Lisagors to honor Mirage Tavern team — 40 years later

Zay Smith, Pam Zekman and Bill Recktenwald in 2018 (Photo: Kevin Tanaka/Sun-Times)

The three legendary Chicago reporters who went undercover in 1978 to break the famous Mirage Tavern investigative series will be honored at this year’s Peter Lisagor Awards presentation.

Pam Zekman and Zay Smith, who were reporters for the Sun-Times, and Bill Recktenwald, who was chief investigator for the Better Government Association, will receive Lifetime Achievement Awards from the Chicago Headline Club. The group’s 41st annual Peter Lisagor Awards dinner will be May 11 at Union League Club, 65 West Jackson Boulevard.

Teri Arvesu

Named for the late Chicago Daily News Washington bureau chief, the Lisagor Awards recognize excellence in Chicago area journalism, including print, broadcast and digital media. Finalists in 115 categories were announced Thursday. (Here is the link to a complete list of nominees.)

Emcee of this year’s event will be Teri Arvesu, vice president of news and content at Univision Chicago Local Media. (Here is the link for tickets.)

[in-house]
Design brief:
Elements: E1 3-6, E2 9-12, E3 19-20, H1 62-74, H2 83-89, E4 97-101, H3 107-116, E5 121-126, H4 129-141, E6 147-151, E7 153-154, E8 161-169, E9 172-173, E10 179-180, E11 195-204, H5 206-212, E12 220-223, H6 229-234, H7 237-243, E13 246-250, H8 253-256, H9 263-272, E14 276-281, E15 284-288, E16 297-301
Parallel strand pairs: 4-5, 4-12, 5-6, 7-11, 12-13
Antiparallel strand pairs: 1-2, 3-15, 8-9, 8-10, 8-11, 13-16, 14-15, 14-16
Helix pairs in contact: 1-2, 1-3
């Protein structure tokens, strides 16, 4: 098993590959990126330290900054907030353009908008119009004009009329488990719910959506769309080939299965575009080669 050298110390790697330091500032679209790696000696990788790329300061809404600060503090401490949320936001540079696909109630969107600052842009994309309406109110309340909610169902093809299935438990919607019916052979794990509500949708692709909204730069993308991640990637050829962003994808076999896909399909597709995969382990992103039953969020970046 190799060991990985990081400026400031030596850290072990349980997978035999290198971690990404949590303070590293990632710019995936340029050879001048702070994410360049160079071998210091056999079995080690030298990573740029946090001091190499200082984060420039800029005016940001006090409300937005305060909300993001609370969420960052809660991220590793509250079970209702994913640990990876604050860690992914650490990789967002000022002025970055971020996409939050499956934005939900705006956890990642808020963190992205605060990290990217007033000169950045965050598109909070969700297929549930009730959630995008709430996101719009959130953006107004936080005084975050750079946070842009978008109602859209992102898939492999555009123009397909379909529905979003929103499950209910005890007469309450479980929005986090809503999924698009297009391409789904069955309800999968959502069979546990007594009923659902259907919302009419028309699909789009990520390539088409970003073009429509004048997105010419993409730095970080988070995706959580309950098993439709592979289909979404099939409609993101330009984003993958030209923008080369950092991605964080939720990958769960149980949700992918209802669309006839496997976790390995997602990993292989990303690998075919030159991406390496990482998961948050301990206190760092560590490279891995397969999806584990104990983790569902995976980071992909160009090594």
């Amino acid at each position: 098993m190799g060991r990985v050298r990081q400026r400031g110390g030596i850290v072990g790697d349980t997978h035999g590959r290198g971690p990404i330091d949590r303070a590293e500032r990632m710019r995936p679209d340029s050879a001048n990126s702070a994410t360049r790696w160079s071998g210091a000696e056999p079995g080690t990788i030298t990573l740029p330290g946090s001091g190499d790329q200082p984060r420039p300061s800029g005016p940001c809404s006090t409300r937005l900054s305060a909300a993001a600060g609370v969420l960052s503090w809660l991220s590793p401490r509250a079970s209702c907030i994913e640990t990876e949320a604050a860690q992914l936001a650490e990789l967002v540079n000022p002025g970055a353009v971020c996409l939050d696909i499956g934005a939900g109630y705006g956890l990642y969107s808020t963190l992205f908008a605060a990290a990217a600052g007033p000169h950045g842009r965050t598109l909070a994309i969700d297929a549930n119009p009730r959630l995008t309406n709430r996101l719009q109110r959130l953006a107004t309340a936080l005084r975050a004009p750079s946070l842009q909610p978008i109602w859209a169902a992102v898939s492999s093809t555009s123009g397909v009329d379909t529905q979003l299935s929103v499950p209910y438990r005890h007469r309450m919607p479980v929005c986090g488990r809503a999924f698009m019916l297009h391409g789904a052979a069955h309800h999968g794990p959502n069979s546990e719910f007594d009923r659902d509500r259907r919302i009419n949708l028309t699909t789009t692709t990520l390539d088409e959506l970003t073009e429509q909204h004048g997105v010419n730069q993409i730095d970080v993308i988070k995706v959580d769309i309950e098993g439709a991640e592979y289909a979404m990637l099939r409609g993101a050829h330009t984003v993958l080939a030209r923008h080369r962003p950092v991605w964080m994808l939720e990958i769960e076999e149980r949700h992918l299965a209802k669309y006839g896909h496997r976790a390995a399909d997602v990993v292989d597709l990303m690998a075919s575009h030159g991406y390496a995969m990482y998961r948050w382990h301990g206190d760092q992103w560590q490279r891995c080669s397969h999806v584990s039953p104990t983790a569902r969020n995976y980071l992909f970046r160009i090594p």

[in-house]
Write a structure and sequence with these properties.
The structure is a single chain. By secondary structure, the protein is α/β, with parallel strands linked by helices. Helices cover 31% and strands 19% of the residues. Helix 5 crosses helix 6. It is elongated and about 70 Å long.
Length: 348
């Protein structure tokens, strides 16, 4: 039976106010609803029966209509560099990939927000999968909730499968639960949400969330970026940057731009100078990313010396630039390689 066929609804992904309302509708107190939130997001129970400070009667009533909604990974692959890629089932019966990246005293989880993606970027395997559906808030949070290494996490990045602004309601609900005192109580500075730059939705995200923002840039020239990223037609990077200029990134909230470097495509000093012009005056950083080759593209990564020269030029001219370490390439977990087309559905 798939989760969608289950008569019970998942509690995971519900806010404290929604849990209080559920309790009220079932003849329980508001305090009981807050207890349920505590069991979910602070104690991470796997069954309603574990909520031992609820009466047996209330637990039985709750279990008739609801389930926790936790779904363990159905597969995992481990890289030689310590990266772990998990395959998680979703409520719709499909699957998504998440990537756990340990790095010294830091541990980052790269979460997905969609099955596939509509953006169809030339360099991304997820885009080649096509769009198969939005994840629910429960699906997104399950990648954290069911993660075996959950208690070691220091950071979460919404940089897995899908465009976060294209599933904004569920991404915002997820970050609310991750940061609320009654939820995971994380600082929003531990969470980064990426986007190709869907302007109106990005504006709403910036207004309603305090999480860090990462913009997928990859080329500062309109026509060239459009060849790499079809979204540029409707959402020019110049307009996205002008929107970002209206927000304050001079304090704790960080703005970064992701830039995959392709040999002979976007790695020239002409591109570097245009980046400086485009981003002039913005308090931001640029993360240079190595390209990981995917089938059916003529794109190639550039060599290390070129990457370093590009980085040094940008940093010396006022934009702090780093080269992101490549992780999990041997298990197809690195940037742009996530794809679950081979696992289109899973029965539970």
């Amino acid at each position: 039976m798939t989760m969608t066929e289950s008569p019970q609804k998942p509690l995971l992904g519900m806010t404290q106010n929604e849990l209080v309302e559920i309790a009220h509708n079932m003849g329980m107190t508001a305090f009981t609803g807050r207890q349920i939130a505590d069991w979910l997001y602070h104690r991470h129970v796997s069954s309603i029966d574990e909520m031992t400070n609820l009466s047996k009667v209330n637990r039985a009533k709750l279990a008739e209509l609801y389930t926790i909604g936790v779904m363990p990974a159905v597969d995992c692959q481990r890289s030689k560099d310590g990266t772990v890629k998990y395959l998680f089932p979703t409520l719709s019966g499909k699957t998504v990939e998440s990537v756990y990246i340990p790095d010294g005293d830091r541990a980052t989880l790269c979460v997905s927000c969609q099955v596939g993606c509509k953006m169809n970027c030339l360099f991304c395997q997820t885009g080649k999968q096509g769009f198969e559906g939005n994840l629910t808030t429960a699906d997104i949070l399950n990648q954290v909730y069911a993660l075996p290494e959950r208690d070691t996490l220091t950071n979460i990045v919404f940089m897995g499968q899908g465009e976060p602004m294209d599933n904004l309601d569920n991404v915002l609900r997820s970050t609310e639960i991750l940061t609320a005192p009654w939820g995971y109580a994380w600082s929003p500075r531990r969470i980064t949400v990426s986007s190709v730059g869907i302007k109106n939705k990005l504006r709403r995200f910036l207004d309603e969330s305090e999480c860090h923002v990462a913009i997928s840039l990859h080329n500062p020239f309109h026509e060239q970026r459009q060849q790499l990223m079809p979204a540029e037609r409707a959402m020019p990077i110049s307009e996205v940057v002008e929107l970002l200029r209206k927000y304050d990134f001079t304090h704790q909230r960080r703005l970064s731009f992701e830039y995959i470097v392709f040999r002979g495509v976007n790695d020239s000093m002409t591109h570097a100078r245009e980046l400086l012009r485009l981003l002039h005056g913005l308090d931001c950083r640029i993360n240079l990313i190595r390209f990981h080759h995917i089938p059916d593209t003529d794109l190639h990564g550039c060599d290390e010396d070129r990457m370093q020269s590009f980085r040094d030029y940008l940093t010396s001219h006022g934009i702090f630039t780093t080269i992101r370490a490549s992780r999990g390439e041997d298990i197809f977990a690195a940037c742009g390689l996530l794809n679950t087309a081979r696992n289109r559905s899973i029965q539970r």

Zekman, Smith and Recktenwald reunited earlier this year to commemorate the 40th anniversary of the landmark 25-part series in the Sun-Times. The Sun-Times sponsored the reunion and panel discussion at Brehon Pub on the site of the original Mirage Tavern in River North.

Bill Recktenwald, Pam Zekman and Zay Smith in 1978

To expose the misconduct of city inspectors on the take, the Sun-Times bought the run-down bar 731 North Wells Street and documented the graft and corruption that walked in the door. Photographers Jim Frost and Gene Pesek captured it all.

At the retrospective in January, Zekman recalled pitching the idea to buy the tavern when she joined the Sun-Times from the Chicago Tribune’s investigative task force.

“Chicago does have a history for doing investigative reporting undercover when it’s necessary because there’s no other way to get the story, and there was truly no other way to get this story,” said Zekman, who’s been an investigative reporter at CBS-owned WBBM-Channel 2 since 1981. “We all thought it was very important to try to document it, because the corruption was so systemic.”

Although widely hailed, the Mirage series was denied a Pulitzer Prize by jurors (led by Washington Post editor Ben Bradlee) who believed the Sun-Times had crossed ethical lines by engaging in undercover deception.

Thursday’s comment of the day: Hannah Kohut: My God, I hope they sell and get the hell out of town. Current owners and board members have been digging the hole deeper and deeper. I back the Tribune staff 100%.